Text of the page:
The country was rapt to attention in 2017 by the united front of 14 international players that day, standing together with representatives of SIPTU and the PFAI as they laid out their demands for better treatment from the FAI.

The players’ demands were modest and their burdens, to that point, considerable, having been forced to change out of tracksuits in airport toilets.

‘Proactive Approach’

For recently retired Irish international footballer Karen Duggan, without Top-Down structural change – and increased visibility of women’s football – creating a world-class league will be challenging. 

“It needs to stop being an afterthought, the women’s game, the women’s national league” Duggan told Ireland 2029. “We understand that we don’t generate revenue, we’re not bringing in audiences.

But we’re not going to do that with a reactive nature. It has to be proactive. It needs to become an agenda for someone high up.

Duggan (28) – who plays for Dublin side Peamount United, and has also represented UCD Waves – argues that until visibility is raised through sponsorship partnering, it will continue to fall to local clubs to promote women’s football in Ireland.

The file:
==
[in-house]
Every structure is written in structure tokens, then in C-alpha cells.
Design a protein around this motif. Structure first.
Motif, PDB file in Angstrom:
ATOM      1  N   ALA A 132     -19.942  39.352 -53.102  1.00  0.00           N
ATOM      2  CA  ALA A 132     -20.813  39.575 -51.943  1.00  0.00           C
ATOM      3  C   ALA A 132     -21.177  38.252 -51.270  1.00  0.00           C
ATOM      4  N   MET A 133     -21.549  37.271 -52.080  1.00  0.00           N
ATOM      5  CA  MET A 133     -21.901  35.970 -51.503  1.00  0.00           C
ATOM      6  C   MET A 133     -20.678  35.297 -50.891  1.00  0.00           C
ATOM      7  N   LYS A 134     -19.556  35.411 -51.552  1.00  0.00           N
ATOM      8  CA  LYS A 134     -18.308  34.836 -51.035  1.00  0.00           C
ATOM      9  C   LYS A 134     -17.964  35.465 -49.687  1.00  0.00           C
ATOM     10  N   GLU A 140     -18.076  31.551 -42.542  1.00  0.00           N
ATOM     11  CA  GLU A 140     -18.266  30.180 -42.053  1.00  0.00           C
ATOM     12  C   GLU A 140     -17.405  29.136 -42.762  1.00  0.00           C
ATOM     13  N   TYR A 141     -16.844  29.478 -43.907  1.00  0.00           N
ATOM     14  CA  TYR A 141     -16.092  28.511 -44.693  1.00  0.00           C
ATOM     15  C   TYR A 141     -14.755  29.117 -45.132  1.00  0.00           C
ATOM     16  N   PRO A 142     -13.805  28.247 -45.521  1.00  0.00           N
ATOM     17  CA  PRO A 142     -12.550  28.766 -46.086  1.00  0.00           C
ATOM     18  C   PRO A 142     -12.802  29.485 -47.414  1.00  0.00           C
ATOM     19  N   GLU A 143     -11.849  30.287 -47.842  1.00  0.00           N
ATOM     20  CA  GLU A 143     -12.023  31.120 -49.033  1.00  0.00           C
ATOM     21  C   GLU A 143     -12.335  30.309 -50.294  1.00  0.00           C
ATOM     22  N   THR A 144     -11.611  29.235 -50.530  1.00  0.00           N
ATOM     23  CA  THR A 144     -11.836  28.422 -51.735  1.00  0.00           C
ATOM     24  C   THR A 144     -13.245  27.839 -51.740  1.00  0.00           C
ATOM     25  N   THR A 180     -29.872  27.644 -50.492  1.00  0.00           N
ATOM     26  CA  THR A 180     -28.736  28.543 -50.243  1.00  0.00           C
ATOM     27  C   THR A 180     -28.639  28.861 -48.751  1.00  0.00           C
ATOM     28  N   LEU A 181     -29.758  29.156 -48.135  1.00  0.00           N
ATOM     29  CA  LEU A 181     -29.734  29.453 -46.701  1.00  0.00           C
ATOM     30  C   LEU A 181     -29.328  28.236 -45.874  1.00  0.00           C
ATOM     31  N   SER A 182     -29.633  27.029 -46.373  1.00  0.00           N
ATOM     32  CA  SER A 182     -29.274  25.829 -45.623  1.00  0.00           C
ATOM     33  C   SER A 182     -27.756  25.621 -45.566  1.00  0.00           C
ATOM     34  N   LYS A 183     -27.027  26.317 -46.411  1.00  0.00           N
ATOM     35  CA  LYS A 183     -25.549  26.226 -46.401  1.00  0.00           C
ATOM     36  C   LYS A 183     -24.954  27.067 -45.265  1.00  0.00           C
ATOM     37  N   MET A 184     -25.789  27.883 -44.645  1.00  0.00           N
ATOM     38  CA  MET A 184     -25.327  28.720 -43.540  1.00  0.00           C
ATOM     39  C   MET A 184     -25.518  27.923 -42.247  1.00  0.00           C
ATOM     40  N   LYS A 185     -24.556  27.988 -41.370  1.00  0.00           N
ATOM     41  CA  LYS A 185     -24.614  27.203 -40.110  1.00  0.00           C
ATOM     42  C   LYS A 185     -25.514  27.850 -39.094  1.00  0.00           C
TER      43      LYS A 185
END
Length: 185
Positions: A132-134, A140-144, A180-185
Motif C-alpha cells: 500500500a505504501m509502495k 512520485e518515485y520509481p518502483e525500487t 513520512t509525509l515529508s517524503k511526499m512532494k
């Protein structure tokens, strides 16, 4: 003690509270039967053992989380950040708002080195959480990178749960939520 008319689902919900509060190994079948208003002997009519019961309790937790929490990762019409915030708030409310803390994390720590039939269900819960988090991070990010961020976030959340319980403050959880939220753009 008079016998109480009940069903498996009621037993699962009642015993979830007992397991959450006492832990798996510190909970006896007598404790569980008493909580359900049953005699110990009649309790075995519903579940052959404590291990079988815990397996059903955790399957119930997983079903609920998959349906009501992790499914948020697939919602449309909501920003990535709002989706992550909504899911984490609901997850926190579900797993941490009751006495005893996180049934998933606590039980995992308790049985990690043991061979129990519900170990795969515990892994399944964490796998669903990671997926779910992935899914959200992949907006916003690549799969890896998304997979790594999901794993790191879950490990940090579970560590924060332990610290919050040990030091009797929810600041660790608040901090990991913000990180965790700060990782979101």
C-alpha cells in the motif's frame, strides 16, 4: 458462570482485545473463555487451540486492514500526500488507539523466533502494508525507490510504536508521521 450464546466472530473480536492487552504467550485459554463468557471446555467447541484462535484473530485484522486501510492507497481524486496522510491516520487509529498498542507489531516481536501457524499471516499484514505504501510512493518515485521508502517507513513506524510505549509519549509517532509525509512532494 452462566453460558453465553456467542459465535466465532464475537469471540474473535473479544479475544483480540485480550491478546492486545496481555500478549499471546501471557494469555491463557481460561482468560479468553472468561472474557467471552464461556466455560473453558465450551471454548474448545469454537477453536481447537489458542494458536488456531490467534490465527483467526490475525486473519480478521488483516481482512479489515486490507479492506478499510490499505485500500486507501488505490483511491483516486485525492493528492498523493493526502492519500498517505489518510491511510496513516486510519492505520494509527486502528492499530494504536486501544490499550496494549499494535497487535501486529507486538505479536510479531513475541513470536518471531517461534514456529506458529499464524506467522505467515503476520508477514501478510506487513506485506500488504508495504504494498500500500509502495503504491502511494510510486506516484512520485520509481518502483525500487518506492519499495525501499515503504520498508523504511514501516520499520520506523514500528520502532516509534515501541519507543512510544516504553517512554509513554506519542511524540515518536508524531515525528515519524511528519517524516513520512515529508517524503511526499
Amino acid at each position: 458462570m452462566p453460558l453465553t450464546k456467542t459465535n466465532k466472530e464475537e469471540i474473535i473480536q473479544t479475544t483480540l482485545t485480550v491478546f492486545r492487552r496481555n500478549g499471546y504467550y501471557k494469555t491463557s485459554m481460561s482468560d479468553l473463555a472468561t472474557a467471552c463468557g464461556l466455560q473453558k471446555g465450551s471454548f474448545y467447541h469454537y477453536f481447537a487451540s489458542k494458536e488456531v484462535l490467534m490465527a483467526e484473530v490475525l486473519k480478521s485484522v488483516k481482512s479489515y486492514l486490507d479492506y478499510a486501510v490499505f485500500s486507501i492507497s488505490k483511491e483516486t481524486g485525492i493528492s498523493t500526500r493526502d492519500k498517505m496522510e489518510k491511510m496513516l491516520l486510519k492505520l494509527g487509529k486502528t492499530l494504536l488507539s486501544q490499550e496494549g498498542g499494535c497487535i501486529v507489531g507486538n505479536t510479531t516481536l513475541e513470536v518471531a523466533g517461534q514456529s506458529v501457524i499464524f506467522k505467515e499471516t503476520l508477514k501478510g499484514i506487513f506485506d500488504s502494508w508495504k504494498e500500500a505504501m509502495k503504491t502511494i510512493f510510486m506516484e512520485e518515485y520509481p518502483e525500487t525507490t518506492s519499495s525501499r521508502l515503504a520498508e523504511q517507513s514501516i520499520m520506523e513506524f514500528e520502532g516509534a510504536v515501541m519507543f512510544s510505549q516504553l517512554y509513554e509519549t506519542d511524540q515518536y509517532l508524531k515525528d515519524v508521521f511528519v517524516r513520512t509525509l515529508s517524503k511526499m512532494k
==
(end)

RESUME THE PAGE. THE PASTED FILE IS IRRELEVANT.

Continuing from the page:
Edel Kennedy tackles Karen Duggan Peamount United star Karen Duggan is tackled by Wexford's Edel Kennedy. Source: Oisin Keniry/INPHO

Last season, Wexford Youths — who are currently in Champions League action — won the league en route to sealing a domestic treble. They also lifted the league title in 2017. Their successful promotion of the side on social media has led to significant boosts on the field.

Interest and attendances have also increased at Shelbourne. In March, they dropped the word ‘Ladies’ from their women’s team and integrated them into the entire club’s social media channels in a number of progressive steps to achieve equality. 

Rather than having separate feeds for their men’s and women’s teams, all under the one umbrella has worked well.

Retention issues in Irish women’s football, too, must be addressed. 

“There’s not as many girls my age playing because it’s a lot of commitment if you’re not going to take the next step and go professional,” Duggan said. 

“The more people go abroad, it opens people’s eyes to what’s available to girls outside of Ireland.

The National League has been great for me. It allowed me to plays for my country for many years and it’s allowing girls to showcase their talents.

“But now, more so, it’s showcasing their talents with a view to getting a professional contract elsewhere.”

So, could taking a leaf from a different Irish sport provide answers?

Helen O’Rourke has been CEO of the Ladies Gaelic Football Association (LGFA) since 1997. 

The LGFA now has over 180,000 members, many of whom play Gaelic football at club level, with over 1,000 clubs participating. 

“What people really see is the elite end of our sport and they think of our sport as the inter-county sector of it. But really that’s only one very small part of of it. The huge growth within our sport has been at underage in schools.”